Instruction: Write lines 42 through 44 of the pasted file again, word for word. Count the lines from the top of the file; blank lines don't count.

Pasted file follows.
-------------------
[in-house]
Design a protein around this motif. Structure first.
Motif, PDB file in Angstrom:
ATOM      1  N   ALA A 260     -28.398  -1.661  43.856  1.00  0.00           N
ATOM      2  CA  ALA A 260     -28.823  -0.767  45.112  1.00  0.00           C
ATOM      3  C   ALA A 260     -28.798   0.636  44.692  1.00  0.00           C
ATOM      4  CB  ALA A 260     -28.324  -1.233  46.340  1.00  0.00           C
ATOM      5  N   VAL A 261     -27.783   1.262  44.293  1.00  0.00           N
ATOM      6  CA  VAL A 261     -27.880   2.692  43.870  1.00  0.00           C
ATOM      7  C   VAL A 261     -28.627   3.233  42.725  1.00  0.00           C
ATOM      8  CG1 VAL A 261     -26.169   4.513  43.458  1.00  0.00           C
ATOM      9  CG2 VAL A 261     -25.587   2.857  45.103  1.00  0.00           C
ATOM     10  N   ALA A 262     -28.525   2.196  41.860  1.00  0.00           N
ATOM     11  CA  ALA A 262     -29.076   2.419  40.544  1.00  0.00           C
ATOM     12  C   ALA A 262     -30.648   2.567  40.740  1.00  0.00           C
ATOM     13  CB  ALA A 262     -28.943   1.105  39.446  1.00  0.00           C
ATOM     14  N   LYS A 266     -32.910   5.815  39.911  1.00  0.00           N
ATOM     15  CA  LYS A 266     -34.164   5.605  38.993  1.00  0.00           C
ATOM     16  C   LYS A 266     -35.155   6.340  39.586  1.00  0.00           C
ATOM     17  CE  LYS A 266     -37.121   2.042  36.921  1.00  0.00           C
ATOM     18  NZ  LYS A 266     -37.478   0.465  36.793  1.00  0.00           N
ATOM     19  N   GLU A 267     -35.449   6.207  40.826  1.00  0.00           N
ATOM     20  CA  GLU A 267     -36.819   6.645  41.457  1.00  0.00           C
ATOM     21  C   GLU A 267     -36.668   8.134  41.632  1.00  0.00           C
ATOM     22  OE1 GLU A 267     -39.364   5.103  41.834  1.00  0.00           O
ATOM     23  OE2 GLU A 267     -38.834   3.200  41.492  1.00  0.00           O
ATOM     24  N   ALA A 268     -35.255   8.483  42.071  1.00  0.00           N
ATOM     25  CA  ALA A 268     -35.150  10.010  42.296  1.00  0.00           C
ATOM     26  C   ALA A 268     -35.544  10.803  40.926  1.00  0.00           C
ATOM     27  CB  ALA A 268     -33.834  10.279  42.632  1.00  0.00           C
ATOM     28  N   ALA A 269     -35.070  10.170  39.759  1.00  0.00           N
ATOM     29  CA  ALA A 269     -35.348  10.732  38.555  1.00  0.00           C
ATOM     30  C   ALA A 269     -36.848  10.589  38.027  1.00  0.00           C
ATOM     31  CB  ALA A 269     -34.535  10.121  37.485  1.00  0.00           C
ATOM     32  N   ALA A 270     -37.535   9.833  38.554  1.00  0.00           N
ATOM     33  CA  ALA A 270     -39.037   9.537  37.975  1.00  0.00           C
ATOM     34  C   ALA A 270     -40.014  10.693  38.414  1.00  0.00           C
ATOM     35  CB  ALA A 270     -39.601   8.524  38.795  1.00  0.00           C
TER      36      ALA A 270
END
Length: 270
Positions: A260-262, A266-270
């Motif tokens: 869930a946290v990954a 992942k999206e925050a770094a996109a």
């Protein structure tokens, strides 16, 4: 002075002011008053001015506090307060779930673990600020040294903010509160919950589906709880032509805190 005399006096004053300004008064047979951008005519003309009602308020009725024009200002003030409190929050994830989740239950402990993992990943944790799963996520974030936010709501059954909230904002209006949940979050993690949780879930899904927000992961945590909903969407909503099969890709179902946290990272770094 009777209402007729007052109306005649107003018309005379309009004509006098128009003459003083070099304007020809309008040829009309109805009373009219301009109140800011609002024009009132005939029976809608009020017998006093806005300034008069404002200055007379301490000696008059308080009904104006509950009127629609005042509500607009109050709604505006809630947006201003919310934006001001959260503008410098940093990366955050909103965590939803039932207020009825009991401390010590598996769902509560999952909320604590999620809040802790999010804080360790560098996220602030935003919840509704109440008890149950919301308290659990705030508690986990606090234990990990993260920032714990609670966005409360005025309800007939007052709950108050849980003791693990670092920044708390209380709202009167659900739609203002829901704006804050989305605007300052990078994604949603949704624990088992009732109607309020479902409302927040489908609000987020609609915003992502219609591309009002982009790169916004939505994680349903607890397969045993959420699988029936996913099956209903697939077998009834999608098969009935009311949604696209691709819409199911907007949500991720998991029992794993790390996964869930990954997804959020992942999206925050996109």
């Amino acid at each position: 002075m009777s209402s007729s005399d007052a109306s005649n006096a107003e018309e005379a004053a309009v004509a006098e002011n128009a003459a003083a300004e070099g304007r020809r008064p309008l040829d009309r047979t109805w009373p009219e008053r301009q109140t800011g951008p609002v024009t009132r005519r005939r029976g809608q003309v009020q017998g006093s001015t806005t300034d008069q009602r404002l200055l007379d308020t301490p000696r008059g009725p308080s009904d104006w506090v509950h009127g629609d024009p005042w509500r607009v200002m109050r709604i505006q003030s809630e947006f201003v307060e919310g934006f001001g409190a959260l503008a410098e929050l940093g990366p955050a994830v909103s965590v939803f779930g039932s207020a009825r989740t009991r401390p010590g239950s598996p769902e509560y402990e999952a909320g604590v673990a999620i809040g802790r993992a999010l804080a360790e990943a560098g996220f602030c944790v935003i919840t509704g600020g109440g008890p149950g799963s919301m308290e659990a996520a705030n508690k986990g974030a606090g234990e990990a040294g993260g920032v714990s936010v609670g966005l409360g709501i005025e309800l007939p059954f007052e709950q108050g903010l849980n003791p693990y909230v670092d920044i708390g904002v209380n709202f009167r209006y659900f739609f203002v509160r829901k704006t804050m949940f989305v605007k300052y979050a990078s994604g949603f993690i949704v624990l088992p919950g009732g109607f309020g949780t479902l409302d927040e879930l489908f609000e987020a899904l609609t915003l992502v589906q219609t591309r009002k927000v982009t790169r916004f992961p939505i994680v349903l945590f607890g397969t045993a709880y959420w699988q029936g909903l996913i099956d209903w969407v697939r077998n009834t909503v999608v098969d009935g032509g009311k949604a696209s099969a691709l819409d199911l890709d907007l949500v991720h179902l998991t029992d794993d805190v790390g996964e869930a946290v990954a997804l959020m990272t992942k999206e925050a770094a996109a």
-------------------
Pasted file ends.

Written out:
Positions: A260-262, A266-270
């Motif tokens: 869930a946290v990954a 992942k999206e925050a770094a996109a």
């Protein structure tokens, strides 16, 4: 002075002011008053001015506090307060779930673990600020040294903010509160919950589906709880032509805190 005399006096004053300004008064047979951008005519003309009602308020009725024009200002003030409190929050994830989740239950402990993992990943944790799963996520974030936010709501059954909230904002209006949940979050993690949780879930899904927000992961945590909903969407909503099969890709179902946290990272770094 009777209402007729007052109306005649107003018309005379309009004509006098128009003459003083070099304007020809309008040829009309109805009373009219301009109140800011609002024009009132005939029976809608009020017998006093806005300034008069404002200055007379301490000696008059308080009904104006509950009127629609005042509500607009109050709604505006809630947006201003919310934006001001959260503008410098940093990366955050909103965590939803039932207020009825009991401390010590598996769902509560999952909320604590999620809040802790999010804080360790560098996220602030935003919840509704109440008890149950919301308290659990705030508690986990606090234990990990993260920032714990609670966005409360005025309800007939007052709950108050849980003791693990670092920044708390209380709202009167659900739609203002829901704006804050989305605007300052990078994604949603949704624990088992009732109607309020479902409302927040489908609000987020609609915003992502219609591309009002982009790169916004939505994680349903607890397969045993959420699988029936996913099956209903697939077998009834999608098969009935009311949604696209691709819409199911907007949500991720998991029992794993790390996964869930990954997804959020992942999206925050996109």